Scurvey! That scourge of old-time sailors, stuck at sea for months with no fresh food. It’s back! Tiredness, aching limbs, hair and tooth loss, skin blotches and even spontaneous bleeding. Horrific, but it’s back! And I don’t mean in war-torn regions or among malnourished refugees. I mean in your neighbourhood.
The human species, along with some others, needs a regular intake of vitamin C in order to produce collagen. Collagen is the primary structural protein that does an amazing job of holding you together. This little hero makes up around 30% of the total protein in our body. It keeps your skin in good shape and your tendons and ligaments strong. It accounts for about 5% of your muscle weight and it’s critically important in keeping your teeth where they are supposed to be!
It’s simple… inadequate vitamin C intake leads to a breakdown of collagen. Scurvy isn’t a virus or a bacteria. It’s a symptom with devastating effects. It’s your body telling you it is starving for vitamin C. Your stomach may be full, but that critical vitamin may be missing.
Why is scurvey back in the ‘burbs?
The big contributors are poor diets, long work hours, nutritional ignorance, drug and alcohol abuse, bad gut flora and the simple, yet common, overcooking of foods.
Fast and convenient foods are frequently heavily processed. That processing often leads to the destruction of the nutritional elements that should be abundant in foods.
Long work hours:
Work pressures often lead people to skip meals or snack on the wrong foods, foods high in salts and sugars but little else. Excessive work hours also often lead to skipped meals, lost sleep and poor digestion.
Most of us find it hard to imagine but there are many in our communities who simply don’t understand the way balanced diets lead to better health. Most vitamins and minerals work together in a way that allows our bodies to use them efficiently.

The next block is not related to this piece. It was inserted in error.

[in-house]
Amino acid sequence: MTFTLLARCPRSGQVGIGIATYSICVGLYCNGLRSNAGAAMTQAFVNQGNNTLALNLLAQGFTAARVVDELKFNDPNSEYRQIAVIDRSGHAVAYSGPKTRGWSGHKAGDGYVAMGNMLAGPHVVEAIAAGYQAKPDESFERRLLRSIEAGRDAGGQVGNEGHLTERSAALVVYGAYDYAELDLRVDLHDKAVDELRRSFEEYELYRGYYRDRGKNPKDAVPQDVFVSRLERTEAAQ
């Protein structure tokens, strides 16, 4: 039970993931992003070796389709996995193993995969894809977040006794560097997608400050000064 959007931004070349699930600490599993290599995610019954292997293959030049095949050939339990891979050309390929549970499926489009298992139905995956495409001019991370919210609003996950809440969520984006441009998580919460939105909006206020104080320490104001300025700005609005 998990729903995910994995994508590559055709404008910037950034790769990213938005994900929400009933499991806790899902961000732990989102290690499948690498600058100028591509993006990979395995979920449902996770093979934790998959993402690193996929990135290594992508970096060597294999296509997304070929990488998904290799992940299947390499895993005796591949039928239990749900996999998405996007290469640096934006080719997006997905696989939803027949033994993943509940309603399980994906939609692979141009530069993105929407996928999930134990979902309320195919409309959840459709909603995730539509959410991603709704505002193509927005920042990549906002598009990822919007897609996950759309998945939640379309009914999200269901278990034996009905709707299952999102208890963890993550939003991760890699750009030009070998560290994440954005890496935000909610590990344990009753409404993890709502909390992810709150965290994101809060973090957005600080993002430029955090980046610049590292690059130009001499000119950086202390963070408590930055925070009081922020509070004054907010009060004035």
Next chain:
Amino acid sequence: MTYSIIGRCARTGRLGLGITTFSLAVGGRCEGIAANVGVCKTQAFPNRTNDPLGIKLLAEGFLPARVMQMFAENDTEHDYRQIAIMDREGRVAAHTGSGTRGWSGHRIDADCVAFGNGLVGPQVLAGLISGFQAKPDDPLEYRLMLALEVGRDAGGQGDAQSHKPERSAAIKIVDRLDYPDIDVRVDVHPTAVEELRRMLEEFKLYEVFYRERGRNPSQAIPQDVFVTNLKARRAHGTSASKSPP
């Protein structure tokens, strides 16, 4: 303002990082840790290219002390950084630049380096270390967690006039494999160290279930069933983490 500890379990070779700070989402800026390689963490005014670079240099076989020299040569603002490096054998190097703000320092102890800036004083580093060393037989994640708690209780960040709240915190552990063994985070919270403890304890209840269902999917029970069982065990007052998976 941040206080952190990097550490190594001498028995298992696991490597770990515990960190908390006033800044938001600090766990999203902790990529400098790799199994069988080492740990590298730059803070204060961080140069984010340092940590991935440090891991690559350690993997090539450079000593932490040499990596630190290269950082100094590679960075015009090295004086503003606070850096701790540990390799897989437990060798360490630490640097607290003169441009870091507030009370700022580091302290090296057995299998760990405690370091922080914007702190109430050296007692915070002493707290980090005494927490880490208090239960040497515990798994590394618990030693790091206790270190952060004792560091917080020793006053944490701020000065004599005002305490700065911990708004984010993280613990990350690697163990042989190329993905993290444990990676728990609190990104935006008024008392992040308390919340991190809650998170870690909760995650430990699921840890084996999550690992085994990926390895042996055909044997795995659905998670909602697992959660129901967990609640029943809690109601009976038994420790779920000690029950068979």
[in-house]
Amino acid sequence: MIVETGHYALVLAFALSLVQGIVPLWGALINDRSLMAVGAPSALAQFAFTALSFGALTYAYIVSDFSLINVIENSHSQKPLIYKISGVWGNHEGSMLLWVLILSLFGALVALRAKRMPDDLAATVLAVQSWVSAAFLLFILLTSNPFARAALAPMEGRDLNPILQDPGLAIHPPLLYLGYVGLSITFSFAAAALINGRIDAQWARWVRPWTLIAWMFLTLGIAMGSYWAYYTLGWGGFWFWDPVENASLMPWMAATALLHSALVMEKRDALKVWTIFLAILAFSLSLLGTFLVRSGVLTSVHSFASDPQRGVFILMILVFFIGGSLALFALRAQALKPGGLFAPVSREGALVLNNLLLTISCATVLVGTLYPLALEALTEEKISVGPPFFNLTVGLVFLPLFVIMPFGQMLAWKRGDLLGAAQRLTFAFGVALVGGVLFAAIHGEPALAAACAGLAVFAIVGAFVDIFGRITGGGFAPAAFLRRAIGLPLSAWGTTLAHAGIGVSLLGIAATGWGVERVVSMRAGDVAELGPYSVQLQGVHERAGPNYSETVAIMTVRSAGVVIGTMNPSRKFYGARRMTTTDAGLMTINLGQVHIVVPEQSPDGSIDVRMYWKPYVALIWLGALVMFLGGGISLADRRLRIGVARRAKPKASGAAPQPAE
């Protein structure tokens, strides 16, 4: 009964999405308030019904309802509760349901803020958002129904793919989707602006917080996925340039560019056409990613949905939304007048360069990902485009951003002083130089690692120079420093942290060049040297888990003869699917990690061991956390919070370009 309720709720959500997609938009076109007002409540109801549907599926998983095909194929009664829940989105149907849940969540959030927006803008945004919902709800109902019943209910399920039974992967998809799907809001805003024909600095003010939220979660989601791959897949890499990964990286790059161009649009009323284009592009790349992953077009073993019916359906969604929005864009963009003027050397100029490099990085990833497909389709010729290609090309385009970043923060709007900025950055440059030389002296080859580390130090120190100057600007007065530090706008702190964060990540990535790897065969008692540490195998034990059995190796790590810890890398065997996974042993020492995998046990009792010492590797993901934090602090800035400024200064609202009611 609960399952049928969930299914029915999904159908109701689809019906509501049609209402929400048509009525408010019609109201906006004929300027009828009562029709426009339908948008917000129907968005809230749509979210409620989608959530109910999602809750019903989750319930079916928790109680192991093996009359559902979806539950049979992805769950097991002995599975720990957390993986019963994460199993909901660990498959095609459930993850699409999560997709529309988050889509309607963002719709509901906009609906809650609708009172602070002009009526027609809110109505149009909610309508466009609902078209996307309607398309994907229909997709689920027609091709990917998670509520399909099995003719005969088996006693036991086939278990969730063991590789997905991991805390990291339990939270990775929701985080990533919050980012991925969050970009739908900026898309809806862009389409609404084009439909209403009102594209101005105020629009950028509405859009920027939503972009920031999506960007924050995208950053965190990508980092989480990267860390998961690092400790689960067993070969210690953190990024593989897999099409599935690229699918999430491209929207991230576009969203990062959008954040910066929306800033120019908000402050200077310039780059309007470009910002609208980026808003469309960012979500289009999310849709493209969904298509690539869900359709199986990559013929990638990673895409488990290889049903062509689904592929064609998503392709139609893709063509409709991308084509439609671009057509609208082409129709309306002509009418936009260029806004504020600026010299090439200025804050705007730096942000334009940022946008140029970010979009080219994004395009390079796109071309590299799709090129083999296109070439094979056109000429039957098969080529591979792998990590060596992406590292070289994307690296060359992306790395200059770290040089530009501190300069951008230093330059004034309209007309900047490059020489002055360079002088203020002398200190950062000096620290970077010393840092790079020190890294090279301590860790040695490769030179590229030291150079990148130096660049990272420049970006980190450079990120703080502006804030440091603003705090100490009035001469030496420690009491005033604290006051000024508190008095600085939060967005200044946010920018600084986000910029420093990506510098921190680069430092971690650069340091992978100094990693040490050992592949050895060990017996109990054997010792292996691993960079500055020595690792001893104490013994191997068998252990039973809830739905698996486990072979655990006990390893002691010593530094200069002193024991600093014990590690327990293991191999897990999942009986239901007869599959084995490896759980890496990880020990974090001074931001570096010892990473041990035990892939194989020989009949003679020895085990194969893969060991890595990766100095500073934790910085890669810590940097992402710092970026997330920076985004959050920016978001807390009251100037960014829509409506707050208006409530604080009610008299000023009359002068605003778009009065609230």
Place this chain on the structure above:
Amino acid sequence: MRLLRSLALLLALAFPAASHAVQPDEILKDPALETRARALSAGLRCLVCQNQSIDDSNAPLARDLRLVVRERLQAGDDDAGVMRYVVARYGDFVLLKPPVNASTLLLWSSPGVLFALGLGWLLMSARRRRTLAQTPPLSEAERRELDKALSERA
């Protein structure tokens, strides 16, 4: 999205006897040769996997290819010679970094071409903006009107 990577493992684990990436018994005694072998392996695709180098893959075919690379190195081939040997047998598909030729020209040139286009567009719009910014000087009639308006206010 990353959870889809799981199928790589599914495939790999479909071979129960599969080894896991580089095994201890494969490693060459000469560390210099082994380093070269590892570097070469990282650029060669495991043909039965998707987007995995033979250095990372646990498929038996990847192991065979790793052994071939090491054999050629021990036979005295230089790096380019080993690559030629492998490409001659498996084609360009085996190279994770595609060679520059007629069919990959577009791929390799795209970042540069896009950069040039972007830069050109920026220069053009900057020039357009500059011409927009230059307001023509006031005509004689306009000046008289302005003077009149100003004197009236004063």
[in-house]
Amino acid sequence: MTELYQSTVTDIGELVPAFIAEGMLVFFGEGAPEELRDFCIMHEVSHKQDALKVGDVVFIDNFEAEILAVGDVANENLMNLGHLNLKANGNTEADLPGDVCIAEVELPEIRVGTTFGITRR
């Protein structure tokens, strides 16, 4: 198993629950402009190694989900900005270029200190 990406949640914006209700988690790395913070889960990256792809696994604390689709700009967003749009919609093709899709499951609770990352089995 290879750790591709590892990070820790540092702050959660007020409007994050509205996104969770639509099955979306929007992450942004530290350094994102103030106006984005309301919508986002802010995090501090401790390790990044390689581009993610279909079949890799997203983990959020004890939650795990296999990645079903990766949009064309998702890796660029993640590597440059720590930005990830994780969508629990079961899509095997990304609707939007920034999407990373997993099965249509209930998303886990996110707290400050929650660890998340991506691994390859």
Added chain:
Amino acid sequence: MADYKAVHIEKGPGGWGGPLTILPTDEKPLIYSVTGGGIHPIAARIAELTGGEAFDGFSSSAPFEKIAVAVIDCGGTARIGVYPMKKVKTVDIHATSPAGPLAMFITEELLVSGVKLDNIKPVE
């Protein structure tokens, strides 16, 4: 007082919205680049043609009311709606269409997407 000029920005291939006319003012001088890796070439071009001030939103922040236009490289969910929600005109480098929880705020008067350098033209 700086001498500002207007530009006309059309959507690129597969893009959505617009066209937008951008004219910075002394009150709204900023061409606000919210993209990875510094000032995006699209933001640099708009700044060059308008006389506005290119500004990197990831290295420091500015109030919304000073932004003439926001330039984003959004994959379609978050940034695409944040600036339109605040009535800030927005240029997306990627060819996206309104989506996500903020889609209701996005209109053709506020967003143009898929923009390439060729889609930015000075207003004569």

Drug and alcohol abuse:
Both commonly lead to poor eating habits but many drugs and alcohol either destroy or prevent the absorption of nutrients critical to our well being.
Bad gut flora:
We are not alone! In fact, we’re walking petri dishes with more bacteria in and on our bodies then there are human cells. In a healthy human, those foreigners play a vital role in helping us to break down foods for maximum nutritional efficiency. They also play a major role in our immune defences.
Antibiotics are notorious for destroying the good bacteria along with the bad. Other factors can also throw your bacterial balance out of whack. Yoghurt and probiotics are excellent at helping to restore that balance.
Most vitamins are effected by heat and most are water soluble but none more so than vitamin C. Put simply, when you overcook your vegetables, you are destroying much of the nutritional content. And, if you’re still boiling your vegetables, that water you’re discarding might just have more nutritional value than the food that is left!
Compare two cooking styles – Indian and Japanese:
Vegetables in Indian food are typically cut into small pieces and cooked until soft and ‘mushy’. If they are not ‘curried’, they are typically fried at high heat. Potatoes are peeled before cooking, with the vitamin C rich skins being discarded.
Japanese vegetables are typically served lightly cooked and still ‘crunchy’. Leaf vegetables are still bright green when served and even tempura vegetables are cooked at such high heat that the batter cooks almost instantly leaving the vegetable itself fresh and lightly cooked.
The scurvy antidote…
The really good news is that scurvy is easily preventable and easily cured. All it takes is an adequate intake of vitamin C. ‘Adequate’ will mean different things to different lifestyles, but eating well is all that’s needed for most of us. There are many foods that are high in vitamin C so there is no need to resort to supplements. All of the pepper family – capsicum, chili, bell pepper etc, are a great source. So are all citrus, papaya, guava and strawberries. The Brassicaceae family of vegetables – broccoli, cabbage, bok choy and cauliflower etc., are also rich sources of vitamin C.
Even some meats, such as liver, are rich sources, so there is no reason for scurvy to exist in first world countries such as ours. So unless you like that pirate look of sallow, blotched skin and missing teeth, buckle up me hearty – it’s simply a matter of eating well.
Go here to find out which foods in your diet are rich in vitamin C…